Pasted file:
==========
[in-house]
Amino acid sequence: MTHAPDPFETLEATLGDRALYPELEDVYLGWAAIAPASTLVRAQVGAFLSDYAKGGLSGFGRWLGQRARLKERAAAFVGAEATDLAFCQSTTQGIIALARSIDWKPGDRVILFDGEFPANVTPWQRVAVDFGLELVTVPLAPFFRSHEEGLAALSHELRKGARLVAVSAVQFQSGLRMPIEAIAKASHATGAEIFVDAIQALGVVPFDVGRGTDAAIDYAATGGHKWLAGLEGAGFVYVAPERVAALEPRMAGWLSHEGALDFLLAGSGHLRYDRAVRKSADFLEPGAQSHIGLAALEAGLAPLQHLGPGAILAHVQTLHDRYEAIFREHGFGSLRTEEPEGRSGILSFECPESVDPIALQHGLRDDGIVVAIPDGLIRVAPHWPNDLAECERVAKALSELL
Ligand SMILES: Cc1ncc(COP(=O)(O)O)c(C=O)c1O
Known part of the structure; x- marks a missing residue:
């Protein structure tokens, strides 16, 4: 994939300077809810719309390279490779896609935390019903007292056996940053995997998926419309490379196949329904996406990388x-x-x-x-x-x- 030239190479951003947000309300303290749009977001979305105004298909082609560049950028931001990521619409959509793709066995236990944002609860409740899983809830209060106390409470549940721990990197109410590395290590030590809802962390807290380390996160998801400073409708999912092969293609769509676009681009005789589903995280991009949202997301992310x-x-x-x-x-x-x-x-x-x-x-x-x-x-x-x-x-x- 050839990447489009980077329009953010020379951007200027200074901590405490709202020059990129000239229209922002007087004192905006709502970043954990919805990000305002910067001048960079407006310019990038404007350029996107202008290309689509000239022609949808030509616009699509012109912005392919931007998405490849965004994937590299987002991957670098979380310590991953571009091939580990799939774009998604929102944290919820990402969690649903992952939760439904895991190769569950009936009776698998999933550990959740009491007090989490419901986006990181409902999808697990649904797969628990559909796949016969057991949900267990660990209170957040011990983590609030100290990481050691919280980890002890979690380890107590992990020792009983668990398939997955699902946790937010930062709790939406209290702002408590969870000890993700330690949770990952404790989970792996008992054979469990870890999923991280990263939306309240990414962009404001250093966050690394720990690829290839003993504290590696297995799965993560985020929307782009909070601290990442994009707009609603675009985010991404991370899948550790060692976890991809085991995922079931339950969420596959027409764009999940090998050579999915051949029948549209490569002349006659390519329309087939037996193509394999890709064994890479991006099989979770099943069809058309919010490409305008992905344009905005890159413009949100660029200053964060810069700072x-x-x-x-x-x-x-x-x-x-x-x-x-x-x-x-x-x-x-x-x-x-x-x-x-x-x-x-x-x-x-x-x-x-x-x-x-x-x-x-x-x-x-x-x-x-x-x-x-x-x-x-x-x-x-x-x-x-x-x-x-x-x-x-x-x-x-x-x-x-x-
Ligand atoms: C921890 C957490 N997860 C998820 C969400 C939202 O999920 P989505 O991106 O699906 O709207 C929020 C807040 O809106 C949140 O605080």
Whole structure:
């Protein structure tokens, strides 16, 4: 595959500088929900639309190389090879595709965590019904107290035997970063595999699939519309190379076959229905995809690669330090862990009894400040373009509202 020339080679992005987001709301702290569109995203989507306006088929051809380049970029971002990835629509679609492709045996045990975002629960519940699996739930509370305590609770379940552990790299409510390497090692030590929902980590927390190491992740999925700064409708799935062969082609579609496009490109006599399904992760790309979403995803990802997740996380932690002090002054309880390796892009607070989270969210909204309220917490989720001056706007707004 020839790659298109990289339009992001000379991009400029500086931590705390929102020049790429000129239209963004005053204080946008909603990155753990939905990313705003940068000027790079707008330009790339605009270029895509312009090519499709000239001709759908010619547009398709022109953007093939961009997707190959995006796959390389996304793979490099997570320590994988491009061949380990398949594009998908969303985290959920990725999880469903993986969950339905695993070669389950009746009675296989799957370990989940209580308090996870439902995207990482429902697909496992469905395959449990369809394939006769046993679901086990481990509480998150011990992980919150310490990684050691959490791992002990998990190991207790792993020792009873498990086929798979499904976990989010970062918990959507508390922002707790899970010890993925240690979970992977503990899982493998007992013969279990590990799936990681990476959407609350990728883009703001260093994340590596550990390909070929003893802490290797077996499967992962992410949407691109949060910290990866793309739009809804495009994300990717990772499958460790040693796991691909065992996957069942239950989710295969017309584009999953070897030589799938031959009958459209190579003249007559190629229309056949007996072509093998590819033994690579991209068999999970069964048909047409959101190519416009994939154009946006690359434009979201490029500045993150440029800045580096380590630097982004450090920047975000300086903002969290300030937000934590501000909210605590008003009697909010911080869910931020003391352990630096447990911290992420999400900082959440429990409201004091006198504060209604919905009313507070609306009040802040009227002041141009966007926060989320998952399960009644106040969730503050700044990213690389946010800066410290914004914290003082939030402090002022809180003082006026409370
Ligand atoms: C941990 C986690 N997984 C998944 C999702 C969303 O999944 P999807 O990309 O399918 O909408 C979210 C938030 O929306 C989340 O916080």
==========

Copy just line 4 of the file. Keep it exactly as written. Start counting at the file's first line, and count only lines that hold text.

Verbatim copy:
Known part of the structure; x- marks a missing residue: